The Sunbird – Elizabeth Wein

Book three of Wein’s Arthurian/Aksumite series takes up the story of the next generation, with Medraut’s twelve-year-old son Telemakos as protagonist. Unlike the first two books in the series, it is told from the third-person point of view, and unfortunately, I think that made it less interesting. The protagonist was less complex than in the other two books and the plot less original in structure, though in substance it was quite interesting: the very young Telemakos becomes a spy to figure out who is breaking quarantine during a plague in order to profit from the situation. Even though the main villain is a bit obvious, he is also genuinely scary, both in his venal motivation and his very creepy actions and speech patterns- he constantly refers to Telemakos as “it.”

Ultimately this book felt geared for a younger audience than the first two books. The interpersonal relationships were more obvious- Telemakos yearns for his voluntarily mute, trapped-in-the-past father to live in the present and speak to him, paralleling his namesake’s desire for his father’s return. The climax once again spells out too much explicitly. On the other hand, Goewin and Medraut’s relationship continues complex, and the new character Sofya is sharp-edged, sometimes sympathetic, sometimes a jerk, and all in all a worthy addition to the cast.

Telemakos’s reactions to his tribulations are realistic, his gift for hiding something he practices and works at, and his final confrontation with the villain spellbinding. I would recommend this to readers 10-14, but it’s not something I would have picked up if it were not for the rest of the series. It’s very satisfying to see how Goewin grows while remaining the same character, and she plays a major and thoroughly enjoyable role. It also wraps up some outstanding issues about Medraut. The book stands alone, but makes reference to the events of others; Medraut and Goewin’s conflict refers back to what Medraut did in The Winter Prince and what Goewin considered doing in A Coalition of Lions.

This is where I would recommend a younger reader (someone Telemakos’s age) to start, but while it’s the author’s favorite of the series, I think that while it’s very good at what it does, what it does is less interesting than what the previous books do.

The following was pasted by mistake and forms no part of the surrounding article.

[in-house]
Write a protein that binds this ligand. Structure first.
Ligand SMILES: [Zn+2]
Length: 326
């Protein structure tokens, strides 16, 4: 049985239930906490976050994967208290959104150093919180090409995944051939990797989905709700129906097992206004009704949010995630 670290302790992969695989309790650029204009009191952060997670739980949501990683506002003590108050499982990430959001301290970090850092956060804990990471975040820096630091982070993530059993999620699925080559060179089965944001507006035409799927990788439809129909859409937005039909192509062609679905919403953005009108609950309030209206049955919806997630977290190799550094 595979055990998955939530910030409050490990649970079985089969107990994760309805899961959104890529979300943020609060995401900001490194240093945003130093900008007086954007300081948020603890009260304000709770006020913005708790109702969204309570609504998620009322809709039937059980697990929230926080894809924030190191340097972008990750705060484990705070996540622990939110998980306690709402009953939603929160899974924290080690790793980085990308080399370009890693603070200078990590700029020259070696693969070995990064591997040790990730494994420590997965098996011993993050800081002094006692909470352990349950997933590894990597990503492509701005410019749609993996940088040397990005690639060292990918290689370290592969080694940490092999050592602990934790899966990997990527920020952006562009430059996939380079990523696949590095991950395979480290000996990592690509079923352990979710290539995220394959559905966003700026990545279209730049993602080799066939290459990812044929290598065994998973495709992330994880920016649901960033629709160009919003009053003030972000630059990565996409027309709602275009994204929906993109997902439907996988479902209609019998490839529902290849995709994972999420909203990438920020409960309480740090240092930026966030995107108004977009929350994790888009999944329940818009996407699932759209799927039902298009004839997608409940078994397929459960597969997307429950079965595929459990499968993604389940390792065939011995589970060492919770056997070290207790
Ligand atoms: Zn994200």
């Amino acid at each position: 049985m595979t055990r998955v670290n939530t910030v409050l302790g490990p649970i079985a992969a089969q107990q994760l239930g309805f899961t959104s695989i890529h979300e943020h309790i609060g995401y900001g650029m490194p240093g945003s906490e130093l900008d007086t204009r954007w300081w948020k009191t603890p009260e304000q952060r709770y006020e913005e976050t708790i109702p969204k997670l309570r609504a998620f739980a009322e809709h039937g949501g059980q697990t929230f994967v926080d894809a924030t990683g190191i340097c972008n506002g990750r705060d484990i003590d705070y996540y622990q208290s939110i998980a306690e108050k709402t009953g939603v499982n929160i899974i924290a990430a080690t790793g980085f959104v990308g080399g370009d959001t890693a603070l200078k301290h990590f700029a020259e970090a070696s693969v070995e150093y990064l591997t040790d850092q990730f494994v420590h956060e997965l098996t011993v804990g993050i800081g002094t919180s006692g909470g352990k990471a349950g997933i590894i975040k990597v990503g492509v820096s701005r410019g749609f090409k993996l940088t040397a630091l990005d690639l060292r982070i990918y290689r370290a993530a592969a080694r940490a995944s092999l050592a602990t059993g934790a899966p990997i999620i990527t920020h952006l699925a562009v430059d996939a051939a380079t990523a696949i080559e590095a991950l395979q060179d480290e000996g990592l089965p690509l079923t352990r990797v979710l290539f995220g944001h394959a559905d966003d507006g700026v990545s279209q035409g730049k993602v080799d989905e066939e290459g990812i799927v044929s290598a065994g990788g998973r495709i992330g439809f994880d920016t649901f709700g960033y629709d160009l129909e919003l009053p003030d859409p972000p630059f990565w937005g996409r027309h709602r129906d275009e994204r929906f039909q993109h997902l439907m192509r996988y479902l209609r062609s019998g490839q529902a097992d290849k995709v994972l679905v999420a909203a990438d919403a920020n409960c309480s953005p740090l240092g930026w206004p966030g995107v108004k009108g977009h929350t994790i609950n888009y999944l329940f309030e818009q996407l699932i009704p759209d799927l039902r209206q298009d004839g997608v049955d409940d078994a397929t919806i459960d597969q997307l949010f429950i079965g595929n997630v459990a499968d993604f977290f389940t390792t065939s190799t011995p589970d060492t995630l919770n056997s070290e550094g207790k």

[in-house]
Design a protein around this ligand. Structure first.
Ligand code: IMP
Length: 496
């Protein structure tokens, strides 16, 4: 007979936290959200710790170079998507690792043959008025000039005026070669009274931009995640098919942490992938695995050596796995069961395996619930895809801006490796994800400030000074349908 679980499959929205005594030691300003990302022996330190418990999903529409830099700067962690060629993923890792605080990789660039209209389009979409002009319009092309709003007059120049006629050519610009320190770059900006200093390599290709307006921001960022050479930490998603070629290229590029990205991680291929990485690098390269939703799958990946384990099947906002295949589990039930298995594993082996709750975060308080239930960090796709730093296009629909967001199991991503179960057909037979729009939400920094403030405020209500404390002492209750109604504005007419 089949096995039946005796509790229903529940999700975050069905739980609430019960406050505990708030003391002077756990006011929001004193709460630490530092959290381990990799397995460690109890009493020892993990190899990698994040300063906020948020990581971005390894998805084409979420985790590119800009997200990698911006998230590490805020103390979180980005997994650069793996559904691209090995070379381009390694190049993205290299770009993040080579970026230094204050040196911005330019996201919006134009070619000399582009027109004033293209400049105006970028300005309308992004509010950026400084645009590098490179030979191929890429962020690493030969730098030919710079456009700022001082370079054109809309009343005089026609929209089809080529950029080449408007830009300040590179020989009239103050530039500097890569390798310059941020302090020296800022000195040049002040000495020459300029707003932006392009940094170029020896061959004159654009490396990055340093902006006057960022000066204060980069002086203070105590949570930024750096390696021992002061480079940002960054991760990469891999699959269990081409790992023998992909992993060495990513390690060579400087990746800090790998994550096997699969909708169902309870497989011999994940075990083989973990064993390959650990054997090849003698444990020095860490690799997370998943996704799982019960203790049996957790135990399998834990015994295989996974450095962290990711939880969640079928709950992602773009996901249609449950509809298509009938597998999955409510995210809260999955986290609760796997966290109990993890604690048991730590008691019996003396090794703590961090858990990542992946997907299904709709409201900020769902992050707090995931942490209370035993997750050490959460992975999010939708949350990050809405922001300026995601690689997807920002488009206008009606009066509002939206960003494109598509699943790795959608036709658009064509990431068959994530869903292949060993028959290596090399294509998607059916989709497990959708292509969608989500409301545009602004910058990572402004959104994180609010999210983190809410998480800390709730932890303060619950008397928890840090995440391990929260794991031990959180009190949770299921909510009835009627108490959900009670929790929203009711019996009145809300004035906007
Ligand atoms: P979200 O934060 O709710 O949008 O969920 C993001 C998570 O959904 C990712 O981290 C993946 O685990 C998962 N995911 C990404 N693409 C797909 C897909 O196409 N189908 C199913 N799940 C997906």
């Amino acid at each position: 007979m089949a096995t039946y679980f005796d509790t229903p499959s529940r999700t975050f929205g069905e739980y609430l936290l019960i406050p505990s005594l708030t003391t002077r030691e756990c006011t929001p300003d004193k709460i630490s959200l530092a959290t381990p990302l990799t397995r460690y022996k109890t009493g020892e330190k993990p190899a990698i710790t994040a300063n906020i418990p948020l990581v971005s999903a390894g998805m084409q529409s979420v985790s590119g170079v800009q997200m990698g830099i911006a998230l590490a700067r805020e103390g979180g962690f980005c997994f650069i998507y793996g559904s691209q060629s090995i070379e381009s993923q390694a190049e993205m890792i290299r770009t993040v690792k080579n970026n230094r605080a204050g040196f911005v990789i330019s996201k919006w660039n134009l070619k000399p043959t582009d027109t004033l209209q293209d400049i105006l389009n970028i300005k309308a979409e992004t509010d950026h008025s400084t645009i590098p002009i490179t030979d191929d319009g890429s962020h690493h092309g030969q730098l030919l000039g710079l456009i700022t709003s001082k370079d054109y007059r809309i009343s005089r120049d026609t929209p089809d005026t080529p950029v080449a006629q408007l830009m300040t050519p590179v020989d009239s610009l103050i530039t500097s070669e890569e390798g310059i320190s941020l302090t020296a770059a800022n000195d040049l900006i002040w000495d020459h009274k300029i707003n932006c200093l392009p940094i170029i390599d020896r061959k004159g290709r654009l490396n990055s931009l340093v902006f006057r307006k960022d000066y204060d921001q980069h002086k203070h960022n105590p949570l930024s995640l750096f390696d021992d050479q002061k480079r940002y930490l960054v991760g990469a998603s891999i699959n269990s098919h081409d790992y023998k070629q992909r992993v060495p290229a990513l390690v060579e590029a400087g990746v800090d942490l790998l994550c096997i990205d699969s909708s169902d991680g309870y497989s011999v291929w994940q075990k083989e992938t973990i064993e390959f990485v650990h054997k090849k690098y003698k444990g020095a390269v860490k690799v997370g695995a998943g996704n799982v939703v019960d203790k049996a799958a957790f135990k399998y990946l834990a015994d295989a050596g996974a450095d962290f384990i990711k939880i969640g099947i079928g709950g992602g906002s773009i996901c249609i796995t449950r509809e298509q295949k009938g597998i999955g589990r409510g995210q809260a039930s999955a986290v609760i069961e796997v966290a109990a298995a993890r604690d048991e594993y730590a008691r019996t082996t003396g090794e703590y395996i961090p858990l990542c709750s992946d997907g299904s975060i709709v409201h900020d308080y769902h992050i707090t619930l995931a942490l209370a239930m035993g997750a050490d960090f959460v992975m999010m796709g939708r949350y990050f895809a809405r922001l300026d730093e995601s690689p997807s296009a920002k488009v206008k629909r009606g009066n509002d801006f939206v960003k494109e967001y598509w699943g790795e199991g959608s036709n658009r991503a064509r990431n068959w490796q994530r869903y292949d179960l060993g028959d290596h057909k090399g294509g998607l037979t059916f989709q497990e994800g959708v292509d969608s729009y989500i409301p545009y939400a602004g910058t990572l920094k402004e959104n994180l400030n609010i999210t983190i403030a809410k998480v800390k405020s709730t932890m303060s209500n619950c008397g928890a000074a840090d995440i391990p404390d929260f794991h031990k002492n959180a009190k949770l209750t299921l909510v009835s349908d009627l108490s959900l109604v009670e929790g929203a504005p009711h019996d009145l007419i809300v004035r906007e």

No Human Hands to Touch (short story in Sirens and Other Demon Lovers) – Elizabeth Wein

‘Medraut,’ I murmured, ‘Do not call me Jocasta, or I will let you borrow my brooches…’

Have this story (published in “Sirens and Other Daemon Lovers,” available as an ebook) on hand immediately after reading The Winter Prince (which I highly recommend you do!). Told from the point of view of the antagonist Morgause, it fills in some of the protagonist Medraut’s backstory, which is darkly hinted at in the book. It shares an amazing atmosphere with the book which isn’t apparent in the sequels: It’s full of tension, self-destructive pride, defiance, messed-up family relationships, cruelty, and loneliness.

His lips curled back, barely, and he croaked at me, ‘I do not need your brooches.’

A Coalition of Lions – Elizabeth Wein

Sequel to The Winter Prince, though focusing on a different protagonist. The first-person voice is beautiful and gripping, but without the tension and darkness that make The Winter Prince unique.

I was nervous after the first few pages, where most of the characters from the previous book are killed off, but


fortunately Medraut makes a comeback,


and if I hadn’t known that going in, I wouldn’t have continued.

Unusually, this is a book without a villain- there are antagonists, but as the title intimates, they are not defeated but rather brought into alignment with the protagonists via compromise. There are no irredeemable or even wicked characters, but rather people with differing flaws and agendas struggling to get their way and believing themselves in the right. Goewin, the main character, even identifies with and at times parallels the villain of the first book.

The setting is also worth noting- ancient Ethiopia, where the British Goewin flees from her war-torn country, in a neat reversal.

Many tropes from the first book repeat- fraught sibling relationships, the problem of lesser royalty, accepting you won’t rule, physical abuse and punishment, defiance, the rulers mishandling relationships but then redeeming themselves, a hunt on which loyalties are tested and forged. The plot and setting, however, are quite different.

Edited to add: You have to love a YA book where the main motif is the Song of Songs, and the female protagonist is described as “terrible as an army with banners.”

The Winter Prince – Elizabeth Wein

“‘Have you ever loved anything?’

‘Yes. Yes. All the wrong things. The hunt, and darkness, and winter, and you, Godmother.'”
This is a book I wish I had written.

It is a first novel, and cool and sharp and glittering, like a heavy, hanging icicle. It is very dark, with just enough hints of the backstory to let you fill the rest in for yourself.

It is an Arthurian retelling, focused on Mordred, in a version in which Arthur has legitimate heirs.

The narrator, Medraut, is complicated and brave and oh-so-fallible, like his siblings and father, the other central characters. He addresses his narration to his mother-and-aunt Morgause, who is terrifying- sadistic and false and capable of cutting to the bone.

The ending departed slightly from the subtlety of the rest of the book, spelling out the epiphany, but that’s a minor complaint. The voice is intense, deliberate, engrossing.

The Winter PrinceĀ is a short read, just over 200 pages, and a brilliant one. There are sequels, but they branch out further from the Arthurian setting and don’t seem as good. This one stands alone, and is a masterpiece.